by Gerard Terry
Yesterday, I met a man who had engaged in unlawful sexual behavior involving pornography for a decade. He described his anger at God for not providing him a wife after years of prayer. Today, I sat thinking of a woman I met two years ago who engaged in unlawful sexual behavior following anger at God for not providing her a husband. Both felt justified in their “self help” conduct to feel better when their expectations of God went unfulfilled. I often feel the same way.
My Unmet Expectations, My Sin
I next considered how my disappointment with God has played a role in my pornography use. While I cannot identify a 1-1 correlation, I can recall a much stronger tendency to involve myself in sexual sin when God’s provision has not met my expectations. I recall thinking “why not sin and feel better?” In this “self help” mode, I felt that God was unlikely to punish me worse. Conversely, when I had joy in seeing the expectations of my wants and needs met, I avoided pornography because I didn’t want God to withdraw the blessing.
Unmet Expectations May Occur For a Greater Purpose
When our expectations of God or life are unmet, we first assume we are being punished or that we’ve been abandoned by God – that He does not care. The Bible doesn’t support this assumption. First, our loving Father disciplines those he loves – not punishes. Jesus already took the full punishment for our sins on the cross, once and for all. Next, God’s discipline is a loving “care” for us, not an abandonment of our well-being. We can’t always see behind the scenes. Look at the bigger purpose behind Job’s tremendous loss and suffering. Stephen was not being disciplined when stoned for his faith, was he? Joseph was sold into slavery while doing nothing bad. At another point in his life, he was put in prison for running (literally) from sin with Potiphar’s wife. Looking back now, we can see God’s plan to save a nation through Joseph.
The Bird’s Eye View
You and I rationalize sinful conduct to feel better in our circumstances. We think that our anger and pornography use is justified because God has not given us a spouse, or because He took one away. When chewed out by a boss or lied to by a close friend, we justify conduct to make us feel better. Yet, only by trusting in Jesus to accomplish His good purpose in both our joy and our distress will we keep our sanity. Like Joseph, we simply don’t have the bird’s eye view to see where God is taking us through our “good” and “bad” experiences.
I have known several clients who lost their jobs after being falsely accused of wrongdoing. In most every instance, after a period of suffering, they drew closer to God in dependence. Then, they ended up with even better jobs than before. What outsiders might have seen as discipline for wrongdoing, looking back, I now see discipline for the sake of refinement and eventual blessing. In some cases though, like Stephen’s stoning or the death of a child from cancer, we may never know God’s purpose.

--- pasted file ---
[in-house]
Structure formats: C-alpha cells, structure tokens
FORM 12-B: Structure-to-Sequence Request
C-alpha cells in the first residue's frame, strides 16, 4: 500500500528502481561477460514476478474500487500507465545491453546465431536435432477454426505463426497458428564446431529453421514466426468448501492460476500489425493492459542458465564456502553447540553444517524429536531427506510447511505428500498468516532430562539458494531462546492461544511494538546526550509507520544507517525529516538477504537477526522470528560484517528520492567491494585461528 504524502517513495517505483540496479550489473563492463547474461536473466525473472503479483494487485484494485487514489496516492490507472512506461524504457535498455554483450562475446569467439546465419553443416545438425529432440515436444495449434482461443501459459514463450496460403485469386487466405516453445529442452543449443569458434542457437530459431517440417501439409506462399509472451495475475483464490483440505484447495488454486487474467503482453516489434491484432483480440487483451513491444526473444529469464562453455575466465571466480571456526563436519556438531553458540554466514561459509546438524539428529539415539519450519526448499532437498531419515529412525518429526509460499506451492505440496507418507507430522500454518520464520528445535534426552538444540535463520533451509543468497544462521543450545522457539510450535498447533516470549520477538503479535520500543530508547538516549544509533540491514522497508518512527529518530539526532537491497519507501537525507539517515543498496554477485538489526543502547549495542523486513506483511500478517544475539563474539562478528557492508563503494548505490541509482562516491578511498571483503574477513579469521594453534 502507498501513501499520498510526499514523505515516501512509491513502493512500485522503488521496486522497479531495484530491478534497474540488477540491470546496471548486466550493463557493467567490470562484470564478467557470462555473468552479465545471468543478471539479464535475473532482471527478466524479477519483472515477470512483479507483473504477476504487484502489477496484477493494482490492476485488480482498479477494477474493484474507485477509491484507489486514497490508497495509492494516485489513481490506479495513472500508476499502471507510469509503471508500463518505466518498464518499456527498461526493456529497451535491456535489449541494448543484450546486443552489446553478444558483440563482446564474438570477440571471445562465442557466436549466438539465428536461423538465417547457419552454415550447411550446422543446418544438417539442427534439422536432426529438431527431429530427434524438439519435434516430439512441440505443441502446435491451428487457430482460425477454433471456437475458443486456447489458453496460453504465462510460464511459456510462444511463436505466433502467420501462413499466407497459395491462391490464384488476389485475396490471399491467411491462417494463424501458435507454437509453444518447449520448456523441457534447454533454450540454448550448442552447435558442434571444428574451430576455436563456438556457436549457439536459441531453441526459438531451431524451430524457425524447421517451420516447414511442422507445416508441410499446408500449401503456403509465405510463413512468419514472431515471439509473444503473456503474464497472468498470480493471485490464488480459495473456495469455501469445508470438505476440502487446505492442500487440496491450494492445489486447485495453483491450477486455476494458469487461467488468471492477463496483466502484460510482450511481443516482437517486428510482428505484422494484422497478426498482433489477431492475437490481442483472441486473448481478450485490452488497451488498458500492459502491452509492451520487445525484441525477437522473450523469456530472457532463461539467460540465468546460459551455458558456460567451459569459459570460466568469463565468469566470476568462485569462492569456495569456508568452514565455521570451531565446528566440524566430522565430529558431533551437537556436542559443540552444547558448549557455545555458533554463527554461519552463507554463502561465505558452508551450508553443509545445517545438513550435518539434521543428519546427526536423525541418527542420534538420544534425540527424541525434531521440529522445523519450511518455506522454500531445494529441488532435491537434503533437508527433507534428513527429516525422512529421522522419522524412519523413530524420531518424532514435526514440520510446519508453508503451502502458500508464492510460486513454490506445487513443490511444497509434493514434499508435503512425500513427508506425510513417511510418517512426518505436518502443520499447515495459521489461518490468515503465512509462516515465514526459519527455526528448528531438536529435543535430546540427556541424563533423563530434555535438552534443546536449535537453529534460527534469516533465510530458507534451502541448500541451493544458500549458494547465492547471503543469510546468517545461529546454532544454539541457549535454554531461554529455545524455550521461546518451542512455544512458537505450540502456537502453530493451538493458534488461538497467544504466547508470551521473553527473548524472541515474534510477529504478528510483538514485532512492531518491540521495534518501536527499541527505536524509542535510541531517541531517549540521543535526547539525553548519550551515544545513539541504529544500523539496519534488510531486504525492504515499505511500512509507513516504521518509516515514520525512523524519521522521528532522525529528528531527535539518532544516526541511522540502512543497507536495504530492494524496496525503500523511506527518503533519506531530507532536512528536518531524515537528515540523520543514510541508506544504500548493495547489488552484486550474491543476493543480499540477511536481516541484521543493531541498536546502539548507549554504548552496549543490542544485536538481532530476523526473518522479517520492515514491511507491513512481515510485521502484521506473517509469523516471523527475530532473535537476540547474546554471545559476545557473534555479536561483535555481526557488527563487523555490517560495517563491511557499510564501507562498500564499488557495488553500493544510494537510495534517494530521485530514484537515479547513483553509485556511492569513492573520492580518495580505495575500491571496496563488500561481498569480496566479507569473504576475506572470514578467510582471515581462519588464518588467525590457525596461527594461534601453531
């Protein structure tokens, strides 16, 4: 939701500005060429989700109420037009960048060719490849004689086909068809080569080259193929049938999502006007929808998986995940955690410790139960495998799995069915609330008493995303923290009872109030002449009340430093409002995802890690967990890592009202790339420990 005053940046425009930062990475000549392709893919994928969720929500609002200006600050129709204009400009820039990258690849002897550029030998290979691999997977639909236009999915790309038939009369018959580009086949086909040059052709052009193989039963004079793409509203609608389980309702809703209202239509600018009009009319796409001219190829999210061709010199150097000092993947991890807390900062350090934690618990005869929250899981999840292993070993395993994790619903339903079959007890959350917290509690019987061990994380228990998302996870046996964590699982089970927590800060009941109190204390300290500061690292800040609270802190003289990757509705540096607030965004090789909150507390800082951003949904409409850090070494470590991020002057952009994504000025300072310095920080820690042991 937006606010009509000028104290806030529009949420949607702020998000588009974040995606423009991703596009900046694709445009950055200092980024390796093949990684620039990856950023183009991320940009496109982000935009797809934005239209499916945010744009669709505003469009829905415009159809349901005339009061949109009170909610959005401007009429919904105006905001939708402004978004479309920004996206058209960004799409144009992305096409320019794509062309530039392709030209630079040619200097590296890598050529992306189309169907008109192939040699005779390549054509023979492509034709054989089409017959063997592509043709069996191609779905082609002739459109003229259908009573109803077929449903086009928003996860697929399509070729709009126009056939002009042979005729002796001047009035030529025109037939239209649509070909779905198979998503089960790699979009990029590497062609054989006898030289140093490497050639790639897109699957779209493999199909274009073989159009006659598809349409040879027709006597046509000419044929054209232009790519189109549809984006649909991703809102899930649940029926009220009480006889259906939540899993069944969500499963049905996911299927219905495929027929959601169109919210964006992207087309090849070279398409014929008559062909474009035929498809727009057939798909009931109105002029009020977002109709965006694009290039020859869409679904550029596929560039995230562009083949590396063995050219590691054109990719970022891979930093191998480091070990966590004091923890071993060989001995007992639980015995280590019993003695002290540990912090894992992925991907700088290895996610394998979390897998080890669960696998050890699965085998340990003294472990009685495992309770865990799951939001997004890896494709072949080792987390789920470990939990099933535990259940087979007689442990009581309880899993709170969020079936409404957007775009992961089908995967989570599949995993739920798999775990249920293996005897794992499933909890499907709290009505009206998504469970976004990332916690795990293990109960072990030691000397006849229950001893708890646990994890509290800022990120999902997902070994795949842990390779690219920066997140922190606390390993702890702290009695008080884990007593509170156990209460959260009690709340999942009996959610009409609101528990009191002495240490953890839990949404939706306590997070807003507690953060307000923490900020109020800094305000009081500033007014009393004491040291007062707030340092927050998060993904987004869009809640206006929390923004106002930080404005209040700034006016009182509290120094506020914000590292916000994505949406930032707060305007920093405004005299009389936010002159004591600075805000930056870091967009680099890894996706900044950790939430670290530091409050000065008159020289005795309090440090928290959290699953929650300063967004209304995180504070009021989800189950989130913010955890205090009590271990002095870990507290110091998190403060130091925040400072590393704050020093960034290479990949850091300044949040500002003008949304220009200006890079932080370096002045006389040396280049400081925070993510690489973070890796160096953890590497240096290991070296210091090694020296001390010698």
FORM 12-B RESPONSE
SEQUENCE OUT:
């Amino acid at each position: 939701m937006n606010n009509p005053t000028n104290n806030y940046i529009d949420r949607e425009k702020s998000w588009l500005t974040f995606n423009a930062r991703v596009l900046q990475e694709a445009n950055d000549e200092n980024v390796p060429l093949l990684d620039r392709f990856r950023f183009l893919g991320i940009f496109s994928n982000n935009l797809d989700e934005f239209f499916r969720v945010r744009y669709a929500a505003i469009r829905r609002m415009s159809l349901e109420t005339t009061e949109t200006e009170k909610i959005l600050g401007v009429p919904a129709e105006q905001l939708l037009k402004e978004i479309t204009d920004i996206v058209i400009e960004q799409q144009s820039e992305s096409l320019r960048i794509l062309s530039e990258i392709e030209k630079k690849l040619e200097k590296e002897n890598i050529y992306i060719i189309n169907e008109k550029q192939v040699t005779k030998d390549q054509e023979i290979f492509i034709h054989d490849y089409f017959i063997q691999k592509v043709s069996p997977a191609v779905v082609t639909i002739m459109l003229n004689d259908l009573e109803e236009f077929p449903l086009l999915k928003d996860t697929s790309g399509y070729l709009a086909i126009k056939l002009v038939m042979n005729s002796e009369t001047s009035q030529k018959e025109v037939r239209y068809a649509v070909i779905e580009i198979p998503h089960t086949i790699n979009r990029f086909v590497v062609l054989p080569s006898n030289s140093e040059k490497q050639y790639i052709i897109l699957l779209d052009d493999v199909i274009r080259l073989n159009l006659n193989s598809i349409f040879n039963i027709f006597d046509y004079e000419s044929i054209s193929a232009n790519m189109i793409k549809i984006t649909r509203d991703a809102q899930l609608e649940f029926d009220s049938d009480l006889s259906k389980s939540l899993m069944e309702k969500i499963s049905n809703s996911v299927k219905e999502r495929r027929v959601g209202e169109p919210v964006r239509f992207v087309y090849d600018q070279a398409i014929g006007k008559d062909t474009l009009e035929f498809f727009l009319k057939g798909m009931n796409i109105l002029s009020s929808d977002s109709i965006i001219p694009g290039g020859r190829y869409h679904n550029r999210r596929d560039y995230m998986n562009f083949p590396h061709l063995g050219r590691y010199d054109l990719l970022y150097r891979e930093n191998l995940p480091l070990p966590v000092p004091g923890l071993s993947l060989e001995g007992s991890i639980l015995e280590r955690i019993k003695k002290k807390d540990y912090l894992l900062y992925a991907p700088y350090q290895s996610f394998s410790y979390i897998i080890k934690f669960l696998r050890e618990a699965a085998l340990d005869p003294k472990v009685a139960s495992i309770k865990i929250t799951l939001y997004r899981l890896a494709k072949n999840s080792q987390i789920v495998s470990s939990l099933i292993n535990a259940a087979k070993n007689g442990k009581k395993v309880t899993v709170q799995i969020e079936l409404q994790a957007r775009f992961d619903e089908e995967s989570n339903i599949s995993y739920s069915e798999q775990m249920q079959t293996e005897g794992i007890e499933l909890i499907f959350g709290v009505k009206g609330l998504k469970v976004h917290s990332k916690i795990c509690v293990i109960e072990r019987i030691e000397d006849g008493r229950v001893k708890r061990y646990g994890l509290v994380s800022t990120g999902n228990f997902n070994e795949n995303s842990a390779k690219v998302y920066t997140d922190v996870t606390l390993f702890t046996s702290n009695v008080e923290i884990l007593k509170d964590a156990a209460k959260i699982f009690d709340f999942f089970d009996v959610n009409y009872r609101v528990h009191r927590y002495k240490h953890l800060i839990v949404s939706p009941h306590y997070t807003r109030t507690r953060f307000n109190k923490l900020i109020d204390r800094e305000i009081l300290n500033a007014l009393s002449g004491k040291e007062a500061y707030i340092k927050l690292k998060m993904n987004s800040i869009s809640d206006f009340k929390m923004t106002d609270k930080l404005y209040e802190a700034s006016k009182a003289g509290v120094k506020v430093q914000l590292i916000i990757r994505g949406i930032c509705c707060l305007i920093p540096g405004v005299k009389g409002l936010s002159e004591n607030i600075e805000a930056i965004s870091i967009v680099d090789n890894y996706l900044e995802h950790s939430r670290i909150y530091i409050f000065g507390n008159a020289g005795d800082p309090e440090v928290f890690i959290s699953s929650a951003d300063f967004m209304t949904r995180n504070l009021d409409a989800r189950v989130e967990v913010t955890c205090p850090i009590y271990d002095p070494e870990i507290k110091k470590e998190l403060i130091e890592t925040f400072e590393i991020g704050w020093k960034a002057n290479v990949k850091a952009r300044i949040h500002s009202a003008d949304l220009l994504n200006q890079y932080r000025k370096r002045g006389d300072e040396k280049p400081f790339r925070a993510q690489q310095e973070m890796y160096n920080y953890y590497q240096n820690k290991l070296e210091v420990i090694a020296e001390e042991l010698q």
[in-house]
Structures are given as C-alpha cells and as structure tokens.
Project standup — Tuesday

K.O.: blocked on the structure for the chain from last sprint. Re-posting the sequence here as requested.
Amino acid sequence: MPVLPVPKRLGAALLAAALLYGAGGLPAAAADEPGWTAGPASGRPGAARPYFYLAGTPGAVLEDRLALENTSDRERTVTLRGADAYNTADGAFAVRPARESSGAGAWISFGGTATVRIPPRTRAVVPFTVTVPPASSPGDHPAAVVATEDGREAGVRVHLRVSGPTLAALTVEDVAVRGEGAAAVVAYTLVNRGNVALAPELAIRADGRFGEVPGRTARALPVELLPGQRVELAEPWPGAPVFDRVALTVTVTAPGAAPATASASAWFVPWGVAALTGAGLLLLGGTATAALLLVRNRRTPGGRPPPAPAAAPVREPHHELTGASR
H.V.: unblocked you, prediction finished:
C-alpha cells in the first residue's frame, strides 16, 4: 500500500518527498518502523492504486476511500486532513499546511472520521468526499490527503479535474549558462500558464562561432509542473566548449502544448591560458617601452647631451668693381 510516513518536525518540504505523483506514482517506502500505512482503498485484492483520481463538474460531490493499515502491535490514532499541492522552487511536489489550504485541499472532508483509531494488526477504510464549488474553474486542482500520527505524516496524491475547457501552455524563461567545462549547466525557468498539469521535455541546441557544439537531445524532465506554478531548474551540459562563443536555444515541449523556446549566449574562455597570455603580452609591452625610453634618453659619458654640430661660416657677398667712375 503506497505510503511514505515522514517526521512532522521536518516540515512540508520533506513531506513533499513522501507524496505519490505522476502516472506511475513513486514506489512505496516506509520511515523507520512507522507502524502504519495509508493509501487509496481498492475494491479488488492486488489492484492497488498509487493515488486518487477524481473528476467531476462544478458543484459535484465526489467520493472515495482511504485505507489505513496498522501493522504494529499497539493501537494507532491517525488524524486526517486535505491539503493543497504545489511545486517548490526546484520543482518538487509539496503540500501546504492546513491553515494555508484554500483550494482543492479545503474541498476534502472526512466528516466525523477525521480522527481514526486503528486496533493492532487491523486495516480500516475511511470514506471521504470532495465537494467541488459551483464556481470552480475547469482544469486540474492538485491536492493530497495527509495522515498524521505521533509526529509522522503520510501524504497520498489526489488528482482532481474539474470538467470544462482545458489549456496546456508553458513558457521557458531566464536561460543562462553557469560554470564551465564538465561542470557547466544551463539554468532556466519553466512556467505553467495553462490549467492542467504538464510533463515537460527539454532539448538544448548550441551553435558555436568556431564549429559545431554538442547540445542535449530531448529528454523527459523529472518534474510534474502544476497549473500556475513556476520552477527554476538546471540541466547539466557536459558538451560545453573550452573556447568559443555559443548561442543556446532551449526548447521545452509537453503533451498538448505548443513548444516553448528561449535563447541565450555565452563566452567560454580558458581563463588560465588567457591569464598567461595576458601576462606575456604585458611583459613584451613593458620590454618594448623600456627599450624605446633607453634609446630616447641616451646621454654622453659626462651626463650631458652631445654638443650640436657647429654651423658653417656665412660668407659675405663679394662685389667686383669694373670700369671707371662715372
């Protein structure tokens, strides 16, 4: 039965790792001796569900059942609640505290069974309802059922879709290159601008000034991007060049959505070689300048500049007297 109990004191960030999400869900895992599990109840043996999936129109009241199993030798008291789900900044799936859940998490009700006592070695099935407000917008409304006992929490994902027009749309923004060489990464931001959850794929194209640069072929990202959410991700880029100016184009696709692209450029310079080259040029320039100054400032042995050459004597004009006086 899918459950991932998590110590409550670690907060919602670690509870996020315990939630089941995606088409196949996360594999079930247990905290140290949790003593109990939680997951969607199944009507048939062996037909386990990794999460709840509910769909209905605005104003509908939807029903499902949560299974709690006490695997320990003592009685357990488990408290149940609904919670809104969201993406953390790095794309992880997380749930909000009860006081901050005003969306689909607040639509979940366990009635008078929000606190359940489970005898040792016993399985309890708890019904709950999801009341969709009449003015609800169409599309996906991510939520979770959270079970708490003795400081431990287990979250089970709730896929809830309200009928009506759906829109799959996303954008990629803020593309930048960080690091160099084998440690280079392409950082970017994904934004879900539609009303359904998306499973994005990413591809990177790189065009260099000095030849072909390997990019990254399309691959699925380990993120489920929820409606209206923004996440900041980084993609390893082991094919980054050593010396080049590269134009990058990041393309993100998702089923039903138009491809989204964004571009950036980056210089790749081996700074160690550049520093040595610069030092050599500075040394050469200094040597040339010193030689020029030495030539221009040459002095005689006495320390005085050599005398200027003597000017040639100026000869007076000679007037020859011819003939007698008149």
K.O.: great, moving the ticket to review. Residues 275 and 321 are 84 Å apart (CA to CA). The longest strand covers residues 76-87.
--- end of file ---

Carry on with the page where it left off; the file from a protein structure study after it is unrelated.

Expectations of God and Others
My wife recently told me that my frustration with family members and friends is based on my expectations of them. She counseled me to have lower expectations of others in order to experience less disappointment. She was right on track. With changed expectations, I have less disappointment and hurt.
Can we apply this principle to God? Is it fair to have expectations of what our creator should and should not do?
“But who are you, a human being, to talk back to God? Shall what is formed say to the one who formed it, ‘Why did you make me like this?'" Romans 9:20
While we have promises from God in the Bible, they are not real specific. Perhaps we will suffer less distress and disappointment if we only expect His great love for us. Beyond that, we get into deep disappointment when we impose our expectations on Him. In this disappointment, we tend to lose perspective on life. Then, in an attempt to feel better, we engage in harmful behaviors like pornography. As the man and woman I mentioned above, long-term disappointment with God can result in progressive anger toward Him. Carrying prolonged anger can even result in our justifying unlawful sexual behavior to make us feel better.
I want to suggest that our expectations of God and others creates a good share of the disappointment we experience. In many cases, these expectations are unfair to the freedom others enjoy to manage their lives as they see fit (both good and bad). They are also inconsistent with God’s authority over us, His creation. When we come to accept this and adjust our internal expectations accordingly, we will have a lot less disappointment and pain in life. With less pain and disappointment, we will find less need to medicate with pornography or other destructive habits.
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